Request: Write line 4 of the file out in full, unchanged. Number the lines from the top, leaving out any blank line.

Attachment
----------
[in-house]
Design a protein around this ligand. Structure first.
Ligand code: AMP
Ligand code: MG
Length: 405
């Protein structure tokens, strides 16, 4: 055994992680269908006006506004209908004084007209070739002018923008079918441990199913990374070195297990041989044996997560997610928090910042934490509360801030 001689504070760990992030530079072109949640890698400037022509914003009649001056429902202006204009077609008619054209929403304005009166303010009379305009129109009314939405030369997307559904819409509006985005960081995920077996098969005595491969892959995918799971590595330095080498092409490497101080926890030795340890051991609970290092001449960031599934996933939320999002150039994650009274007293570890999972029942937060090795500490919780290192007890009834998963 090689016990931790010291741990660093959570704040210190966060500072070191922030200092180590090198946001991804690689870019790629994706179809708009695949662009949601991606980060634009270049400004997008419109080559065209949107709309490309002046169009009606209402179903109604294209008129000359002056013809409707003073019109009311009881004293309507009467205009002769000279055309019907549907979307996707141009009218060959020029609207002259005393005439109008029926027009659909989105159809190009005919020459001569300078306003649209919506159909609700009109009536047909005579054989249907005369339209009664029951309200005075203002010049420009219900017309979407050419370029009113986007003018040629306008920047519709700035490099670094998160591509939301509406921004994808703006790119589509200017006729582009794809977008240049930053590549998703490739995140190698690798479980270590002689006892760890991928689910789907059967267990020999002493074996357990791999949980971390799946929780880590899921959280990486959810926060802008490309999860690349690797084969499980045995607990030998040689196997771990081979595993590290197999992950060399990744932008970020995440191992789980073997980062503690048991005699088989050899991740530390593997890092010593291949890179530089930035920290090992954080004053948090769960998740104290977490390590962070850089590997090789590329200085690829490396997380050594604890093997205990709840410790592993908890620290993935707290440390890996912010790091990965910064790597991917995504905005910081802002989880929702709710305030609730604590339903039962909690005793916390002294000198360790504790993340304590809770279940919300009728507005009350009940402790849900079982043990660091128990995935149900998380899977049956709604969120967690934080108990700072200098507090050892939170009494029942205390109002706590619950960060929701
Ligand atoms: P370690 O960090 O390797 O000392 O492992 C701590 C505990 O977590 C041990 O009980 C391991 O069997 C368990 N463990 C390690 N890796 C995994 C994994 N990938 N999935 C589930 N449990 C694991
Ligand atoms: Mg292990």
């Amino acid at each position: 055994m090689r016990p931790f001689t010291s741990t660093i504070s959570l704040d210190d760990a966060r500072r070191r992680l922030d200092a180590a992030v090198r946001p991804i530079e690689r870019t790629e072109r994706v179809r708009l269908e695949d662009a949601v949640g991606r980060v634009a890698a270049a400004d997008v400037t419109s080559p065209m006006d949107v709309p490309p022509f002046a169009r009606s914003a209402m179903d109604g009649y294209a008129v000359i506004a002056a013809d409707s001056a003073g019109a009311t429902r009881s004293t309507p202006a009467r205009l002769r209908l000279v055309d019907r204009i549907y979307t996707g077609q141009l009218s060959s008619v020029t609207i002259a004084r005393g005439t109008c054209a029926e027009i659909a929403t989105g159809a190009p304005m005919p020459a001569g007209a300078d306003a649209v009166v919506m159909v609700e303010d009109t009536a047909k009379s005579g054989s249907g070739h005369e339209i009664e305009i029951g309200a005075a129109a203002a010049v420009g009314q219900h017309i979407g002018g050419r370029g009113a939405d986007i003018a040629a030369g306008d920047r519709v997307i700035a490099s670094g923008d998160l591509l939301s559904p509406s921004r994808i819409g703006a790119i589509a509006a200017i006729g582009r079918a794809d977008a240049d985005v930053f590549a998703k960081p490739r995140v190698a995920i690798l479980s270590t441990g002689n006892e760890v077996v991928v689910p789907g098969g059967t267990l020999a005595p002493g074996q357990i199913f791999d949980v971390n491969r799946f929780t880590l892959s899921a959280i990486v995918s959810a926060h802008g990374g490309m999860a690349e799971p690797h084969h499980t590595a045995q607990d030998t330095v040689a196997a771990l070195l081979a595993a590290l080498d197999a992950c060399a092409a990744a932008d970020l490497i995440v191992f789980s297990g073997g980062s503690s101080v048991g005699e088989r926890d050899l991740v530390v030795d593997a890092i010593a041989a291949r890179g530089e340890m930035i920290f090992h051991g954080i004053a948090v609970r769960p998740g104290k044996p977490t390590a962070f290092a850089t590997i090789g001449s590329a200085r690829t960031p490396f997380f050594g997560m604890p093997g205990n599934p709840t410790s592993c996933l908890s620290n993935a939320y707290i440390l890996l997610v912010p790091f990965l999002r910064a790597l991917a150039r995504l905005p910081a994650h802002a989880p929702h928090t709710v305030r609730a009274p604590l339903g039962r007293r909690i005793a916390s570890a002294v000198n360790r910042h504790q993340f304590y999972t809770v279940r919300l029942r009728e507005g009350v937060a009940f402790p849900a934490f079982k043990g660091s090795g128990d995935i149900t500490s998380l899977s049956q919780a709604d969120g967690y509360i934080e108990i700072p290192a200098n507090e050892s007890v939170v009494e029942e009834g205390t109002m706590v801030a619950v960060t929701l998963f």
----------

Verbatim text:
Ligand code: MG